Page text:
The Opera House, Circular Quay, Australia.
Coffs Library, 2/123 Duke Street, Coffs Harbour, NSW, Australia.
Sydney, Australia. (rather than any other town called Sydney)

We should use commas on both sides of ‘parenthetical’ phrases or clauses. This included the non-restrictive part that contains additional information, not necessarily relevant to the main subject of the sentence.

She galloped toward the writhing serpent, which she knew was an illusion, causing three types of mayhem in her wake.
Whenever I begin to grasp the concept, if you can call it grasping, my brain turns to jelly.

This is a good one. I will try to explain it in simple terms. Non-Restrictive and Restrictive Clauses…Right. So we are clear on what that it is all about? Non-restrictive is when we are referring to a larger selection, while Restrictive shows that we are referring to a limited selection. Take care when placing commas around non-restrictive clauses because we can easily change the meaning of the sentence. For example:

I chose all the books that looked like fantasy novels.
RESTRICTIVE Meaning: I chose only the books that appeared to be fantasy novels. NO COMMA.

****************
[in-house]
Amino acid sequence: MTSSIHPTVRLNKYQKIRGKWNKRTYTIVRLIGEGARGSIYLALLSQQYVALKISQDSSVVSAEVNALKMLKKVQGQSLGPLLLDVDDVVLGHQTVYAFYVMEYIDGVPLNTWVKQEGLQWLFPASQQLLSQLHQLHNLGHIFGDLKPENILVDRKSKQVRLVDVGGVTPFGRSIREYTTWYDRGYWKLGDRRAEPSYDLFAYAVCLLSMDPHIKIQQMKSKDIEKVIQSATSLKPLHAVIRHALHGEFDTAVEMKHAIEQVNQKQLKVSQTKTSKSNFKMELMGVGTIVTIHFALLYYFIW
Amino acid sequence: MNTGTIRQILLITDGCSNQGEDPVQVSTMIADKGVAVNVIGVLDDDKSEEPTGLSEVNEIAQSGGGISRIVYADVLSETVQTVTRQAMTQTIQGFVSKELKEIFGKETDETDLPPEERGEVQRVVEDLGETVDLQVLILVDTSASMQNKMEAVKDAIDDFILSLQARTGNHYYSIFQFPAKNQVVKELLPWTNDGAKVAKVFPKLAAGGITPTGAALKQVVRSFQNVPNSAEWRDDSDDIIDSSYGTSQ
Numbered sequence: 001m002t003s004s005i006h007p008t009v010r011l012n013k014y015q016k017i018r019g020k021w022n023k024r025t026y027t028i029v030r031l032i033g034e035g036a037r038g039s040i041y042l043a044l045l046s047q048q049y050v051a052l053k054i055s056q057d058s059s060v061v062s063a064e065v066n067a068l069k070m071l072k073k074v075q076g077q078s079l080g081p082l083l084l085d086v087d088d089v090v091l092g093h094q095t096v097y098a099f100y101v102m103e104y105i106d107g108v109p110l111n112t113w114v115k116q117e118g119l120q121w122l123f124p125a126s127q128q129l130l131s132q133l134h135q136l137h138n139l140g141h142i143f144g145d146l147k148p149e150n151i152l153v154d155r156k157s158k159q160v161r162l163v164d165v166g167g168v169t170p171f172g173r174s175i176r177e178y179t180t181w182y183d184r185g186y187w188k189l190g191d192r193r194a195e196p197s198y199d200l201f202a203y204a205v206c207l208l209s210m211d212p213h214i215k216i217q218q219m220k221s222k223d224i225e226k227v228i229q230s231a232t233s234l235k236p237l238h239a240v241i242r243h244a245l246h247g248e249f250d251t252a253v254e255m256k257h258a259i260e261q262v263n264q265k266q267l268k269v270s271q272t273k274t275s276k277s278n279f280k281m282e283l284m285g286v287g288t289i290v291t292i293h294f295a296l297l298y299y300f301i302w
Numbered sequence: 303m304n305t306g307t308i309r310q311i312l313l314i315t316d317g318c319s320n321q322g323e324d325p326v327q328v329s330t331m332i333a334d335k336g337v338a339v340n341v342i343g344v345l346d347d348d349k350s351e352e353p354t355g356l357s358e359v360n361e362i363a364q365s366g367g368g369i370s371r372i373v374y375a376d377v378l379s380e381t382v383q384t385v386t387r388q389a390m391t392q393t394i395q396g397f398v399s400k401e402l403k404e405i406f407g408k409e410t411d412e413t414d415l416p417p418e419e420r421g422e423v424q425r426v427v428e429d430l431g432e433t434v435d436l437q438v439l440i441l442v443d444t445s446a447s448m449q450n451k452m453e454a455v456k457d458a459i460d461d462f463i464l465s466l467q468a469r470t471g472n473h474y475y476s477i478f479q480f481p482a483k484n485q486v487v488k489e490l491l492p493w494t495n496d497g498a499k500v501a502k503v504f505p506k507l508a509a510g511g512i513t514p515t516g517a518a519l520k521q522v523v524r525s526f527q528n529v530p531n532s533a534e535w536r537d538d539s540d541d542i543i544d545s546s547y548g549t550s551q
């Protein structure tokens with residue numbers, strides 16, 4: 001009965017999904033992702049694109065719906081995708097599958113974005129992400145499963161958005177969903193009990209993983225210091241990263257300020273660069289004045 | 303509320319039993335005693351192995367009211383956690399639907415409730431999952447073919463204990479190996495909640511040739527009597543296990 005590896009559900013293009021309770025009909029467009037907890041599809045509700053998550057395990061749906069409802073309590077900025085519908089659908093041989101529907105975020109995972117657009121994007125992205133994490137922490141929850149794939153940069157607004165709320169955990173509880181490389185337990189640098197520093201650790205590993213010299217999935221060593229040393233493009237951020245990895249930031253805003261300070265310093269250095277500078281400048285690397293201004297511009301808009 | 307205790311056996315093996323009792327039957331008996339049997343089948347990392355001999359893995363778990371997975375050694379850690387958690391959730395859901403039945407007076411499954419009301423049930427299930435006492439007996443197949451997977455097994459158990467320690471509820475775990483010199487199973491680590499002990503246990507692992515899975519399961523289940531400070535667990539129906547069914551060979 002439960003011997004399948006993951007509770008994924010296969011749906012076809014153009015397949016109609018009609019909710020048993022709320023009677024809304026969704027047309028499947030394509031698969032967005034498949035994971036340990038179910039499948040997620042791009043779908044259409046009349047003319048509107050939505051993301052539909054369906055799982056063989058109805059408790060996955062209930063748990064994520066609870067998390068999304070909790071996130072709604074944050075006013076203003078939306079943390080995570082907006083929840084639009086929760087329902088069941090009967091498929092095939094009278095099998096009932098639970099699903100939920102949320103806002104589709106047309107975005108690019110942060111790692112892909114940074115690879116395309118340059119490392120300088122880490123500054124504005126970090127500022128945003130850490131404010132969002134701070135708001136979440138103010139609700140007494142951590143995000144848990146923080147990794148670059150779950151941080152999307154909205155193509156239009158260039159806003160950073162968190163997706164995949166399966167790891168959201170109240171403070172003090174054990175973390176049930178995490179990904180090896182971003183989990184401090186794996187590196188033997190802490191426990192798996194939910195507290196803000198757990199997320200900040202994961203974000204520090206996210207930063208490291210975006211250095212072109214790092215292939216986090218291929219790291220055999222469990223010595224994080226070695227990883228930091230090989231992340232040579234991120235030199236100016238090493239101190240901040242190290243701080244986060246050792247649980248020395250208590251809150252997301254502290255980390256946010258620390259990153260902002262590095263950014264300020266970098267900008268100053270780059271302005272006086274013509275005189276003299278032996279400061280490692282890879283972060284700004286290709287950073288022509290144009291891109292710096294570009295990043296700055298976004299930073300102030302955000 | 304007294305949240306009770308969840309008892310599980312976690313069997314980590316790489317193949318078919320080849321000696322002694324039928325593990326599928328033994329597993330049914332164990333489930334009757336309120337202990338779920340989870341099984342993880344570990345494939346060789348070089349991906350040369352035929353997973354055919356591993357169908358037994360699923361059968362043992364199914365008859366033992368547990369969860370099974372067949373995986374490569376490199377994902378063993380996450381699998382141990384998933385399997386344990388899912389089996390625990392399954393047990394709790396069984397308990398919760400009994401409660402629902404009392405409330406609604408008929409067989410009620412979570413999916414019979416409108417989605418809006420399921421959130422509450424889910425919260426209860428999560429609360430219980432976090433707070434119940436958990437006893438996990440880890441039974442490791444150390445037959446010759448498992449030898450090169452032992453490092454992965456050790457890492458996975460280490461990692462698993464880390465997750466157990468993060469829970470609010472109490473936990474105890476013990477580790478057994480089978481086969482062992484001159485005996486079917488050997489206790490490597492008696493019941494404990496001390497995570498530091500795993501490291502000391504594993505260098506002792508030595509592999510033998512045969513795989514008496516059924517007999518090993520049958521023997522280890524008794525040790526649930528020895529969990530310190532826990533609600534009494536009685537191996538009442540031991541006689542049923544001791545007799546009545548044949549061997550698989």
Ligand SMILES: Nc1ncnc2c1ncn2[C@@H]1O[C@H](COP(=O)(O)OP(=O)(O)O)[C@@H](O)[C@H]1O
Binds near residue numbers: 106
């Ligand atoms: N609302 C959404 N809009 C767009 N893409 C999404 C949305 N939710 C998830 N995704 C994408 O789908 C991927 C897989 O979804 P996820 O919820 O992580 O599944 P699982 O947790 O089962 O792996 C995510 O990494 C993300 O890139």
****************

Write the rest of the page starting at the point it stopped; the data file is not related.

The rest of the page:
I chose all the books, which looked like fantasy novels.
NON RESTRICTIVE Meaning: I chose all the books, because to me they all looked like fantasy novels.

Lists. This is one my editor is adamant about. I am learning. Next MS will have this one corrected before submission. The comma goes between each and after the last item on a list.

He gathered up his bow, his daggers, his jacket, and his belt.
Exiled: Autumn’s Peril, Winter’s Curse, The Legacy of Lathraine’s Pledge, and The Battle for Enderseer Hold are the first four books in my series.

There are rules for using commas when we omit a word deliberately.

The road is long, the journey difficult.
He looked away, tried to forget.

Here is another fairly easy concept to grasp. Commas go before too, when too is used to mean ALSO.

Several bows and several arrows, too.

Parenthetical commas can be used to add emphasis to too, when and if too appears in the middle of a sentence. Not a practice I would suggest happens too often.